Dealing With Imposter Syndrome
Today is the day that they find out I have no idea what I'm doing. For years this was my mantra. I'd wake up every morning and think this. Yup, they know. They know that despite my qualifications and all the interviews I went through and all the background checks that really I'm just faking it till I make it.
This is what I told myself for years and then one day I decided no, your good enough. Imposter Syndrome is something that I've discovered runs rampant through many young working adults. Yet, for some reason no one ever talks about it. It wasn't until I mentioned to a girlfriend over drinks that I was in fear I was to be fired from my dream job that she slammed her hand down on the table and said 'no, you are good enough.' To this day I still think of those simple words when i feel myself spinning down that long hole of 'what if's'. No, I am good enough.
Learning to accept that I was good enough has always been a struggle for me. As someone with an almost too type A to function kind of personality I need to be on top of everything. I've never been a go with the flow kind of person. I like schedules, knowing what is happening and a lovely little thing called calendar invites (seriously, I send my partner calendar invites for the most mundane things such as grocery shopping. It gives me a weird little high). Learning to accept my faults and even admitting failure is something that has always been difficult for me. I like to be the best. I like to know I have put in one hundred and twenty percent because one hundred and ten isn't good enough. Fundamentally it's who I am. Because of this however, I suffer from anxiety and the Imposter Syndrome that comes along with it.
When I first started working in the tech industry in the mid 2000's, we would have weird little competitions with each other. Who worked a longer day, who slept in the office and so on. It was the beginning of the now well known startup culture of Hustle. Work, work, work. For someone like me who is type A, this can be negative environment. Do I hustle? Hell yes! I frequently use the slogan 'you can't outsource the hustle!' but does that mean working for 48 hours straight, not seeing my partner for days on end and working until I have a terrible cold? Not anymore. I no longer wear that as a badge of honour, nor do many of my startup colleagues.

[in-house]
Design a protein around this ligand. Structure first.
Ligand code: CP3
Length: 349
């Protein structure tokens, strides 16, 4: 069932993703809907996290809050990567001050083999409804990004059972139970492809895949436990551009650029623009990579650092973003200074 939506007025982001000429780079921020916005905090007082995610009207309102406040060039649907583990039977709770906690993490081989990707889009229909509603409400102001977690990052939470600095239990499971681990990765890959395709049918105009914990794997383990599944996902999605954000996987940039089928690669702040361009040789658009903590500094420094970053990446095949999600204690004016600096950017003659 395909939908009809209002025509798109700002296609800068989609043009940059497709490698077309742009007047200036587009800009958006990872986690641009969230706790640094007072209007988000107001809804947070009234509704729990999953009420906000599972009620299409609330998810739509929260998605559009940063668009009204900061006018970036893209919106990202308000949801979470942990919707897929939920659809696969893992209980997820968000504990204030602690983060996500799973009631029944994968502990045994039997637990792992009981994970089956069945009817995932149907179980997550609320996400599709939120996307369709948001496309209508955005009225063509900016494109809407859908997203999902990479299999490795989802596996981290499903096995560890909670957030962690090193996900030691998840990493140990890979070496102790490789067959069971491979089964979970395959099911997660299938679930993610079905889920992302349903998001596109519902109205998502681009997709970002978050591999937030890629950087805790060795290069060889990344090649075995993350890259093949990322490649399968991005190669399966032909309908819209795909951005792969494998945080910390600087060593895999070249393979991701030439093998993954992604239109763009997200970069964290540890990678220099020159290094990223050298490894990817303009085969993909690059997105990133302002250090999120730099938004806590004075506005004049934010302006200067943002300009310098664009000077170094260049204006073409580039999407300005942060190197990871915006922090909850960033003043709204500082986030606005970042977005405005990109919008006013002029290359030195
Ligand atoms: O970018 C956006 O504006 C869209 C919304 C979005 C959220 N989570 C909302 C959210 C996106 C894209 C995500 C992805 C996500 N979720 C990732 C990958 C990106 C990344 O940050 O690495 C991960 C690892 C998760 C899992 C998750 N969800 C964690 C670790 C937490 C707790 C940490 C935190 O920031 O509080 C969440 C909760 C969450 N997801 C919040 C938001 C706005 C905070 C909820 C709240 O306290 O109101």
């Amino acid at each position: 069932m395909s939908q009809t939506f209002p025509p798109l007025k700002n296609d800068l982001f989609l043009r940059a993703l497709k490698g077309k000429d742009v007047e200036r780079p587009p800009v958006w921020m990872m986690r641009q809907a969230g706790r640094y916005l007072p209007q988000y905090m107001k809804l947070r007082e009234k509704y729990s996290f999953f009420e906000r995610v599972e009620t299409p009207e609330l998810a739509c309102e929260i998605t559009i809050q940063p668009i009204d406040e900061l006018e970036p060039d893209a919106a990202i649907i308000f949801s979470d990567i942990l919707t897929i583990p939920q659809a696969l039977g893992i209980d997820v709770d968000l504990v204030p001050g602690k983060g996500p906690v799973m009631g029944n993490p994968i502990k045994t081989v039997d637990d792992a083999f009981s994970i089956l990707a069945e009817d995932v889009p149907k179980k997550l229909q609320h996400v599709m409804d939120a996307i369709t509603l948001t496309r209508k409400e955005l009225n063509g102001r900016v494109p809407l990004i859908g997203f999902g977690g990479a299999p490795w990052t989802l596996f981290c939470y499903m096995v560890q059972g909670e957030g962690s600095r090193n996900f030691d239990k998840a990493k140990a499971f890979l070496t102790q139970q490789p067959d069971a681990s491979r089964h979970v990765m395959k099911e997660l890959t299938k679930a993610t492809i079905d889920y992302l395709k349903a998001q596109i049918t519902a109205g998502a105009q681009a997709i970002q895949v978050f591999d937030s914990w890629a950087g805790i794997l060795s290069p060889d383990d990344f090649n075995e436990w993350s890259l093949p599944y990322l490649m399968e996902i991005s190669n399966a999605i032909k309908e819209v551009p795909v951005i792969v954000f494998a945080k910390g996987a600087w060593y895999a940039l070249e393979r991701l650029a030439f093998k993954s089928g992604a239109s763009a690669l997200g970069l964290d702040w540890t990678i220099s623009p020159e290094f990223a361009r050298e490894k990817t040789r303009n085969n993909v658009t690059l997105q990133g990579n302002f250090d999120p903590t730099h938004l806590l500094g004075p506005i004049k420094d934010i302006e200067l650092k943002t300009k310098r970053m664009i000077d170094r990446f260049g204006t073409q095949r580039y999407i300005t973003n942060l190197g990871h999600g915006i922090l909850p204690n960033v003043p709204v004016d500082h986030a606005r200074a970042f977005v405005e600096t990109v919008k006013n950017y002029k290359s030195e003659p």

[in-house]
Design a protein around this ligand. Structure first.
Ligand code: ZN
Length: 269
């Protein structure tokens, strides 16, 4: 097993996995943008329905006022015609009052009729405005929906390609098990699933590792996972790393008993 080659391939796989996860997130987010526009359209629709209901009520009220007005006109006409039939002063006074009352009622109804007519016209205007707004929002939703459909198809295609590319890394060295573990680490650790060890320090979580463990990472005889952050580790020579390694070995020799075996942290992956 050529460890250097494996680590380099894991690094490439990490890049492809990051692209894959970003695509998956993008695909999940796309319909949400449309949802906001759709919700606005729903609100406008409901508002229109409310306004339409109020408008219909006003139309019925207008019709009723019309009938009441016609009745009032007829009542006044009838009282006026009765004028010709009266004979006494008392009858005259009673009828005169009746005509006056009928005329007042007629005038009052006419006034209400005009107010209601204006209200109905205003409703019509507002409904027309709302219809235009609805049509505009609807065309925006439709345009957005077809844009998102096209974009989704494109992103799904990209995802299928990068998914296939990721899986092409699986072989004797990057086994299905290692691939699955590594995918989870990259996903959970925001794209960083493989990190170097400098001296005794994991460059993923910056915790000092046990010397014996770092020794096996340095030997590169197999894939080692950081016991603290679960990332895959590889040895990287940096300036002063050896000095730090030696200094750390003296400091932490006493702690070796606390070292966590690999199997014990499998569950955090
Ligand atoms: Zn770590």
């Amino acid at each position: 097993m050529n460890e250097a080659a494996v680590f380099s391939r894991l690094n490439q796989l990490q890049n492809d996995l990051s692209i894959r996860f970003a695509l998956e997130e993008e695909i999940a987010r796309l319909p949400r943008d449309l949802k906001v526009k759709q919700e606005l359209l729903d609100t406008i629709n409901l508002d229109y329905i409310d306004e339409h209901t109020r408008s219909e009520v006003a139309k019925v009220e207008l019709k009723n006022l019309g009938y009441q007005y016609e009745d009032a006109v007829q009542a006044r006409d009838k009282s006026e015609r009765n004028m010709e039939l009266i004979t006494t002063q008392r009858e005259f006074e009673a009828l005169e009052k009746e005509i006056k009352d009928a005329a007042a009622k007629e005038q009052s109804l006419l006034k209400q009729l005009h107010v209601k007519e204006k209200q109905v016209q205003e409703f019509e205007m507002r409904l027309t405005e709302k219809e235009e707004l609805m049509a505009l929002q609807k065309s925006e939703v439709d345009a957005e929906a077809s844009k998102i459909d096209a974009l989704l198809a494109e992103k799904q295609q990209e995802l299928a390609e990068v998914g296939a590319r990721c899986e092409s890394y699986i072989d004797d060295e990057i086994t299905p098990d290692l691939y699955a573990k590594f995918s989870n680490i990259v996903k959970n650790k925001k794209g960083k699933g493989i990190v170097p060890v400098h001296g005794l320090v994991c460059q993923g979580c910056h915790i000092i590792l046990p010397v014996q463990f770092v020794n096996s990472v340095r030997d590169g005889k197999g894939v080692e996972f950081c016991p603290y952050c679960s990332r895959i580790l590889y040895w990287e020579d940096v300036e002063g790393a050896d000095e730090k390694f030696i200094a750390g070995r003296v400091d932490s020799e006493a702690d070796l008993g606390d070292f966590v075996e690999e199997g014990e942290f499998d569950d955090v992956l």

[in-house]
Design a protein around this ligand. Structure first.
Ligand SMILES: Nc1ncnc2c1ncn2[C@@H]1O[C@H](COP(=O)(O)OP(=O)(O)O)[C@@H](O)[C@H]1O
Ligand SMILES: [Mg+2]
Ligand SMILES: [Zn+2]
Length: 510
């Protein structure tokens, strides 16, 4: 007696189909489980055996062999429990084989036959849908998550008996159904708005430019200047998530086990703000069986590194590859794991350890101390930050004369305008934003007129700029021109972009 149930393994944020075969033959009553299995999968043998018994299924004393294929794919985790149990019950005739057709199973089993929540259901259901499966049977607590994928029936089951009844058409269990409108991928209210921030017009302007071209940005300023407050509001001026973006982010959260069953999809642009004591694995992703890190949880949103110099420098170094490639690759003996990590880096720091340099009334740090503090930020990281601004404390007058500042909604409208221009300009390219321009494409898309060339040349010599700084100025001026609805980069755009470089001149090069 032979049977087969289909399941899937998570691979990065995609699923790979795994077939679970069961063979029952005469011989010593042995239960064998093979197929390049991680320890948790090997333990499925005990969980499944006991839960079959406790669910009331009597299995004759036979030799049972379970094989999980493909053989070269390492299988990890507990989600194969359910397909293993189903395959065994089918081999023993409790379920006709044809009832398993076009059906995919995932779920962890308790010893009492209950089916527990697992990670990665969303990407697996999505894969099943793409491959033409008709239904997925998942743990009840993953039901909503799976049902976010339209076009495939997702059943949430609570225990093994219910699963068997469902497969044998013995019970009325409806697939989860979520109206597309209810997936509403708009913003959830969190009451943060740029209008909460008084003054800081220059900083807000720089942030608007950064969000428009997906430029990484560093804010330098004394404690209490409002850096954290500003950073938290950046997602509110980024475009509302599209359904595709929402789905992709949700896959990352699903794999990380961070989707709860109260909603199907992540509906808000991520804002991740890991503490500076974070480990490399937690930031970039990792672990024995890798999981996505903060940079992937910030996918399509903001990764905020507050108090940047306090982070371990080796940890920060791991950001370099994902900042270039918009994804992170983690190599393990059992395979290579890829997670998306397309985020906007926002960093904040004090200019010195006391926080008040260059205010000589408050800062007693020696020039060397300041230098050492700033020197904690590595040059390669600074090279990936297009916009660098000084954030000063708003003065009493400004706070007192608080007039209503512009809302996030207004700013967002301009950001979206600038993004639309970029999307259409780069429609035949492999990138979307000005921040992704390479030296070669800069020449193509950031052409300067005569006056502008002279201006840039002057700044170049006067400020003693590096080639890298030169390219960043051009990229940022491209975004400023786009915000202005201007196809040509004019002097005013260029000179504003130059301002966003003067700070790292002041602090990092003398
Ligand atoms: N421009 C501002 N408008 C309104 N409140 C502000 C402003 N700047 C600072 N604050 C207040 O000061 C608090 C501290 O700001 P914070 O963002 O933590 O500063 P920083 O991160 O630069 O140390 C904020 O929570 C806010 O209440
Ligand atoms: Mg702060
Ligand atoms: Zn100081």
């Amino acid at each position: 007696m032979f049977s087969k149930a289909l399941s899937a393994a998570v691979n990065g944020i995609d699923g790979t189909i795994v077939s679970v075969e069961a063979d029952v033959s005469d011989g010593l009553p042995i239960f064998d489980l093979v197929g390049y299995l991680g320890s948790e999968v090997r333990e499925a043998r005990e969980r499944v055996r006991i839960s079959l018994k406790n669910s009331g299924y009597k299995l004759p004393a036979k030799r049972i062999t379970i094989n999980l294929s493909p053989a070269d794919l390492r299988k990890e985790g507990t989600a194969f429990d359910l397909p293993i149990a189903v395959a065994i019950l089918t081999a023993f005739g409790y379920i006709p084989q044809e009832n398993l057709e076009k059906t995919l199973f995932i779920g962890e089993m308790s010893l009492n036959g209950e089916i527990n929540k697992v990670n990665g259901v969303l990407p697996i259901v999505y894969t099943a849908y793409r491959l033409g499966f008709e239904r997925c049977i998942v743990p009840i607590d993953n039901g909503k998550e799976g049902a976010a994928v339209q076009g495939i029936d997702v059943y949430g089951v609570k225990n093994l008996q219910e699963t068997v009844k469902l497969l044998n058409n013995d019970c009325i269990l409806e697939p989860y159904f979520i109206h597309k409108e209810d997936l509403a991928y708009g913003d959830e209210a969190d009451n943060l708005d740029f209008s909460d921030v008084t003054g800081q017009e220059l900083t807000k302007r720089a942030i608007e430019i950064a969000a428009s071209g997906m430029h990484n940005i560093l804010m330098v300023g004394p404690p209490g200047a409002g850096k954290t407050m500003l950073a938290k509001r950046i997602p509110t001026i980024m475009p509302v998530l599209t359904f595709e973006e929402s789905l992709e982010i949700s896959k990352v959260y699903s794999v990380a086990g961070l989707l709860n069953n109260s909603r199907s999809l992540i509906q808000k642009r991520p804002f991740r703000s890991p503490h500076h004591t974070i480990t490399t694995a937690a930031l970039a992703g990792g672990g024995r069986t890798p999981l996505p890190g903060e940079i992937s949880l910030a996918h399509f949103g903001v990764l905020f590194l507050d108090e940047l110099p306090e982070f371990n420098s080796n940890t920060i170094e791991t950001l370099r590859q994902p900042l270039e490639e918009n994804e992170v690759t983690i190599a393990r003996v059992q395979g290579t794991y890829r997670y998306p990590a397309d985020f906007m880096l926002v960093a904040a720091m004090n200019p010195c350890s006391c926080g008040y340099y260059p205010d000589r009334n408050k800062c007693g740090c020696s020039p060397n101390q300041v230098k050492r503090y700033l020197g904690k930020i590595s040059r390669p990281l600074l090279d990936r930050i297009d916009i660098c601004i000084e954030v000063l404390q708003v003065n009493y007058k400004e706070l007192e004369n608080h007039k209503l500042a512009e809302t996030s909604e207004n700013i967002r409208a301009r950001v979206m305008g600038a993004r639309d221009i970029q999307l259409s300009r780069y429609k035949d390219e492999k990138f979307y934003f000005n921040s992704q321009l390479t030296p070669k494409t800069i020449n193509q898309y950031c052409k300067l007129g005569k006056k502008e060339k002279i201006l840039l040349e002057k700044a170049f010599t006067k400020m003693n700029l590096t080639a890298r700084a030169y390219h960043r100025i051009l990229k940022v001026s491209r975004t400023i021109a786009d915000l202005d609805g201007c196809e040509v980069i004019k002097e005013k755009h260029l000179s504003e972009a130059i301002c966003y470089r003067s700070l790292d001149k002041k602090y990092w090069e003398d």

So, how did I stop the cycle of imposter syndrome? To be completely honest it's still something I struggle with. I have a post-it note on my laptop that says You Are Good Enough. It is a little reminder every day that yes, I can do this. I learned to not be afraid to fail. Failure is how we learn. I was happy to come across a little group called Fuck Up Nights that helped me embrace my failures. Learn from the past and move on. This is my new failure mantra. Now when things get really bad and I turn into an anxious mess, I use my phone a friend. The power of talking it out. Sometimes you just need to say it to someone else to figure out that sure, things might look rough but you have tools at your disposable to work through it.
I don't think I will ever be over my anxiety or my imposter syndrome. I've chatted with some friends of mine who are CEO's and they always laugh and say 'oh my god, I seriously wake up and say the same thing everyday... this is the day they are going to take away my funding or this is the day all the dev's are going to quit! My best advice on this is to try to find some tools that work for you. Send yourself reminder emails, set some time away from your desk to be mindful and think about what you are doing. Find something that works for you and give it a try. Don't stress if the first thing you do doesn't work the first time out of the gate. It took me a long time to get to this place where I was even comfortable chatting about imposter syndrome with a friend. Most of all remember, you are not the only one.